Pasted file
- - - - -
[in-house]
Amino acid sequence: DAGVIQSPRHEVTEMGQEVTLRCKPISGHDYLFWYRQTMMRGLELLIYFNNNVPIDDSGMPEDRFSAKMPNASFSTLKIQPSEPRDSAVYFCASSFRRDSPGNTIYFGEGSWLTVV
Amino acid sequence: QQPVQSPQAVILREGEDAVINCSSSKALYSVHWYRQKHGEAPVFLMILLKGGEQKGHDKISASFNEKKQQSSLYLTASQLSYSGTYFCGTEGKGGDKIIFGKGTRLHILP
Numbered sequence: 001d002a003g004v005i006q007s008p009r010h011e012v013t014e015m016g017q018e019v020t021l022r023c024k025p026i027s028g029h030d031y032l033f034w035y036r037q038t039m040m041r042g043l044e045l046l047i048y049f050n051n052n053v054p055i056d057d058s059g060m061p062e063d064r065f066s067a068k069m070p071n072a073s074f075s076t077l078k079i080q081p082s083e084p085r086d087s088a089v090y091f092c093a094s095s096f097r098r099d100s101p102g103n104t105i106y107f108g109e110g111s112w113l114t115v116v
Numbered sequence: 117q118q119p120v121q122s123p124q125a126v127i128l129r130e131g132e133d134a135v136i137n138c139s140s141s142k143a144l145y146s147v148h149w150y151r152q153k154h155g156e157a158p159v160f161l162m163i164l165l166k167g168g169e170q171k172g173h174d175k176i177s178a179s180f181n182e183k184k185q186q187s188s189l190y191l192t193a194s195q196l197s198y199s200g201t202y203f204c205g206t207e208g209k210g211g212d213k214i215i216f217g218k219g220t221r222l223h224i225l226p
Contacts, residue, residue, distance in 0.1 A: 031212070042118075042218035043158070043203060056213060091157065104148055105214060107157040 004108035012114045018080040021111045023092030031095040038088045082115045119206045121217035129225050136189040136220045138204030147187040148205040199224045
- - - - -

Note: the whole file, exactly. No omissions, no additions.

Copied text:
[in-house]
Amino acid sequence: DAGVIQSPRHEVTEMGQEVTLRCKPISGHDYLFWYRQTMMRGLELLIYFNNNVPIDDSGMPEDRFSAKMPNASFSTLKIQPSEPRDSAVYFCASSFRRDSPGNTIYFGEGSWLTVV
Amino acid sequence: QQPVQSPQAVILREGEDAVINCSSSKALYSVHWYRQKHGEAPVFLMILLKGGEQKGHDKISASFNEKKQQSSLYLTASQLSYSGTYFCGTEGKGGDKIIFGKGTRLHILP
Numbered sequence: 001d002a003g004v005i006q007s008p009r010h011e012v013t014e015m016g017q018e019v020t021l022r023c024k025p026i027s028g029h030d031y032l033f034w035y036r037q038t039m040m041r042g043l044e045l046l047i048y049f050n051n052n053v054p055i056d057d058s059g060m061p062e063d064r065f066s067a068k069m070p071n072a073s074f075s076t077l078k079i080q081p082s083e084p085r086d087s088a089v090y091f092c093a094s095s096f097r098r099d100s101p102g103n104t105i106y107f108g109e110g111s112w113l114t115v116v
Numbered sequence: 117q118q119p120v121q122s123p124q125a126v127i128l129r130e131g132e133d134a135v136i137n138c139s140s141s142k143a144l145y146s147v148h149w150y151r152q153k154h155g156e157a158p159v160f161l162m163i164l165l166k167g168g169e170q171k172g173h174d175k176i177s178a179s180f181n182e183k184k185q186q187s188s189l190y191l192t193a194s195q196l197s198y199s200g201t202y203f204c205g206t207e208g209k210g211g212d213k214i215i216f217g218k219g220t221r222l223h224i225l226p
Contacts, residue, residue, distance in 0.1 A: 031212070042118075042218035043158070043203060056213060091157065104148055105214060107157040 004108035012114045018080040021111045023092030031095040038088045082115045119206045121217035129225050136189040136220045138204030147187040148205040199224045